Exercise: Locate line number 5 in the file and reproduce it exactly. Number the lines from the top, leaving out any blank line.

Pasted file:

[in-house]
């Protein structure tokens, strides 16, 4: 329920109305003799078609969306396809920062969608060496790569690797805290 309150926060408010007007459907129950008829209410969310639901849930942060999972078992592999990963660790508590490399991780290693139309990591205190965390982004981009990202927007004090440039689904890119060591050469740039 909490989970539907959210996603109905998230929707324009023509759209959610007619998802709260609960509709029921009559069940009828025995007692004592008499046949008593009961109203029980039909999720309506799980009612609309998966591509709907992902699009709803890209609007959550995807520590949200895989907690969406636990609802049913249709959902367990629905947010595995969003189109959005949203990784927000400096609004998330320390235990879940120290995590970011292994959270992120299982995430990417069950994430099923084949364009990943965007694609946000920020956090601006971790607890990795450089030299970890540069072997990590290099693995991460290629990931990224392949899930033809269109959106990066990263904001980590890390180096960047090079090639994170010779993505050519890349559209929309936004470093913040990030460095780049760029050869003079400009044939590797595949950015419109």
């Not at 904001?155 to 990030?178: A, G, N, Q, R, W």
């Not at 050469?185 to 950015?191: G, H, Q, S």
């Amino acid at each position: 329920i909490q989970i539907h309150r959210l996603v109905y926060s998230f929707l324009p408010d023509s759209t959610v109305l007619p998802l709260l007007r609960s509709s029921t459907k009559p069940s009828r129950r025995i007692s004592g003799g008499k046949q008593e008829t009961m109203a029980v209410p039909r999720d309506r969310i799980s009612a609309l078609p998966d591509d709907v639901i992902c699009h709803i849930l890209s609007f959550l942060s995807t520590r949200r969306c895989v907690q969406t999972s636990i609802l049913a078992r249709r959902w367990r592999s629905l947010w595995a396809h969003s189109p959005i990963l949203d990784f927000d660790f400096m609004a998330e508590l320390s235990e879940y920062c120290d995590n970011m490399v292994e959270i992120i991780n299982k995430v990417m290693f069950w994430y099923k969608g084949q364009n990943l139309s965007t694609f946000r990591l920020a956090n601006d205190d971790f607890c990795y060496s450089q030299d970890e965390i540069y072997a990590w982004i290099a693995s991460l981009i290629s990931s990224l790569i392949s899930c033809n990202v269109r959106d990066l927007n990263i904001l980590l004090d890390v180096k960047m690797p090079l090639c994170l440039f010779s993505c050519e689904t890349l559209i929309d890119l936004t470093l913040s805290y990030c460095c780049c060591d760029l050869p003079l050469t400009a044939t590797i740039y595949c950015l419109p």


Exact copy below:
């Amino acid at each position: 329920i909490q989970i539907h309150r959210l996603v109905y926060s998230f929707l324009p408010d023509s759209t959610v109305l007619p998802l709260l007007r609960s509709s029921t459907k009559p069940s009828r129950r025995i007692s004592g003799g008499k046949q008593e008829t009961m109203a029980v209410p039909r999720d309506r969310i799980s009612a609309l078609p998966d591509d709907v639901i992902c699009h709803i849930l890209s609007f959550l942060s995807t520590r949200r969306c895989v907690q969406t999972s636990i609802l049913a078992r249709r959902w367990r592999s629905l947010w595995a396809h969003s189109p959005i990963l949203d990784f927000d660790f400096m609004a998330e508590l320390s235990e879940y920062c120290d995590n970011m490399v292994e959270i992120i991780n299982k995430v990417m290693f069950w994430y099923k969608g084949q364009n990943l139309s965007t694609f946000r990591l920020a956090n601006d205190d971790f607890c990795y060496s450089q030299d970890e965390i540069y072997a990590w982004i290099a693995s991460l981009i290629s990931s990224l790569i392949s899930c033809n990202v269109r959106d990066l927007n990263i904001l980590l004090d890390v180096k960047m690797p090079l090639c994170l440039f010779s993505c050519e689904t890349l559209i929309d890119l936004t470093l913040s805290y990030c460095c780049c060591d760029l050869p003079l050469t400009a044939t590797i740039y595949c950015l419109p």